Casablanca - Horses of God, directed by Nabil Ayouch, is a haunting and unprecedented film about the 2003 Casablanca suicide bombings.
Casablanca – Horses of God, directed by Nabil Ayouch, is a haunting and unprecedented film about the 2003 Casablanca suicide bombings.
Horses of God gives a firsthand account of life in the slums of Morocco’s cosmopolitan, economic capital. The movie is set in the Sidi Moumen slums and follows two brothers, Yacine and Hamid, as they grow from young boys who play football in the slum to the men who take part in the 12 coincided terror attacks throughout Casablanca. Ayouch recreates the struggles of Moroccans who grow up in the slums, emphasizing drug and alcohol use, violence, and the idea that people living in the slums find it hard to believe that there is life outside of their world.
Horses of God made its Moroccan premier at the 2012 Marrakech Film Festival. The film made an impression on Silence of the Lambs director, Jonathan Demme, who was compelled to help Ayouch spread his film to audiences throughout the US. Demme told the Associated Press, “Aside from being a beautiful film, people in the US and else where need to see it for its portrayal of how someone could do something as unspeakable as a terrorist attack.” The film was shown at the Film Forum in New York last week and will open in theaters across the US over the next few months.
Due to the pressure and responsibility to bring money and food home for their family, the older brother, Hamid, started to deal drugs while Yacine sold oranges – a job he mentioned he hated that would provide him with no opportunities for growth. After spending two years in prison, Hamid returned with new clean clothes and a positive outlook on Islam as a way to improve himself. Yacine eventually followed in his brother’s footsteps by becoming a strict adherent to Islam. What started as a caring religious community that gave the brothers hope for a better life, soon became a community that relayed a dangerous message of extremism that eventually lead the brothers on the path toward becoming suicide bombers.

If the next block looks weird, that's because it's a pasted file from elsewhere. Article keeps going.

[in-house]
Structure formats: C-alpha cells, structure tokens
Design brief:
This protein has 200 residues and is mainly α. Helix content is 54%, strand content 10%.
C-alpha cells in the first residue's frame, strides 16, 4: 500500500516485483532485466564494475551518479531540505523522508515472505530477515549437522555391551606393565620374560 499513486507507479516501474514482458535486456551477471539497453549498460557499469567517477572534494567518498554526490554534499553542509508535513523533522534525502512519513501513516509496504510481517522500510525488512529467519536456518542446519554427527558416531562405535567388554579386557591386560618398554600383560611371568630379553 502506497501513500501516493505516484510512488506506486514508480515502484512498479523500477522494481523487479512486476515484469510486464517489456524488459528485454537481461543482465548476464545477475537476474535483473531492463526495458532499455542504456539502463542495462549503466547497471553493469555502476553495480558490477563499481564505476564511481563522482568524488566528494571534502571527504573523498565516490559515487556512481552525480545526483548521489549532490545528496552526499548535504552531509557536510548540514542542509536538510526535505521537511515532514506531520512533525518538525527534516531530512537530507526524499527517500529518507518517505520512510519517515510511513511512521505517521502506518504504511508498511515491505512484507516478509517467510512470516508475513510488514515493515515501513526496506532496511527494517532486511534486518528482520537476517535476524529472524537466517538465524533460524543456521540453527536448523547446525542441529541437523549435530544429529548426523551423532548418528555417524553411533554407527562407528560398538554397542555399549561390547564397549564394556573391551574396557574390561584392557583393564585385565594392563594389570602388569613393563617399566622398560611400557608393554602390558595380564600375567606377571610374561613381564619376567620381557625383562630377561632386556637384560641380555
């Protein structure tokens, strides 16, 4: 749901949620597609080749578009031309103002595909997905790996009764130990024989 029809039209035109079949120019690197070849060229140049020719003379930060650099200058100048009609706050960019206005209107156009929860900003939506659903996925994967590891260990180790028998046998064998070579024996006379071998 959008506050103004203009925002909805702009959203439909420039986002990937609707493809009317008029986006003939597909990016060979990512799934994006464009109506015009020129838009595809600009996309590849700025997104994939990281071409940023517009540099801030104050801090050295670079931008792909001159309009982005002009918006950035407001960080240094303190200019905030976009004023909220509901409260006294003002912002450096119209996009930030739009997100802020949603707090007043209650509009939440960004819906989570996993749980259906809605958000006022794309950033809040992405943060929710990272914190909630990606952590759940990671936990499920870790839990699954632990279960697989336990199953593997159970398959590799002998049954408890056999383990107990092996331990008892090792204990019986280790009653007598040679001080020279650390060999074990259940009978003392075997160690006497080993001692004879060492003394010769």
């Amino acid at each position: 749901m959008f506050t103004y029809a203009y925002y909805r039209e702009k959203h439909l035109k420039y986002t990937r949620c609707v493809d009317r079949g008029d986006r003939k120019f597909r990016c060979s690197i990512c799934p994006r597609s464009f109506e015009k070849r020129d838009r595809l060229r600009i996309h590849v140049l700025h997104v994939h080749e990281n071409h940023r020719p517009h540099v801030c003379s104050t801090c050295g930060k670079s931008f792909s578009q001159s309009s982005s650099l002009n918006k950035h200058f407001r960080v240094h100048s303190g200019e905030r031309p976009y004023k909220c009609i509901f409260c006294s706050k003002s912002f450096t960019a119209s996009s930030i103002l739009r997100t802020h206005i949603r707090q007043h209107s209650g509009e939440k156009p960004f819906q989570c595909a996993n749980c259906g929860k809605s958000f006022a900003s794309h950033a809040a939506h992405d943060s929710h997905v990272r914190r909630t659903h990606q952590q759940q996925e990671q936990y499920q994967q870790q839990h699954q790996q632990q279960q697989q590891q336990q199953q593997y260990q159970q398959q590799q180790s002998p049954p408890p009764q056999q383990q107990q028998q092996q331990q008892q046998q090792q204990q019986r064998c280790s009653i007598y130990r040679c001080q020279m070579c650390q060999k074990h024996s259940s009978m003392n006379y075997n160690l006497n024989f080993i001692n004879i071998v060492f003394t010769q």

Recently on tour in the US, Ayouch told MWN, “I’m glad to see Horses of God finally reaching the American Audience. The American people who will see Horses of God will have the chance to hear another voice about such sensitive topics, such as terrorism and suicide bombings. Violence doesn’t come from nowhere, it has a source. And it’s important that people get the chance to understand how a 10 year old boy, like any other child, can turn into a human bomb.”
Ayouch is attempting to shine light on all of the victims of terrorism and radicalism. In order to help find solutions to these problems, Ayouch told the Associated Press, “I think there is very little movement to try to truly understand who are these people that blow themselves up…those young boys, it’s like they’re cut off, cut off from the rest of society.” Surrounded by poverty, violence, and despair, Horses of God highlights the eye-opening reality of how desperation could steer people towards a dangerous, extremist community that is offering them what they never had- support, guidance and a purpose.
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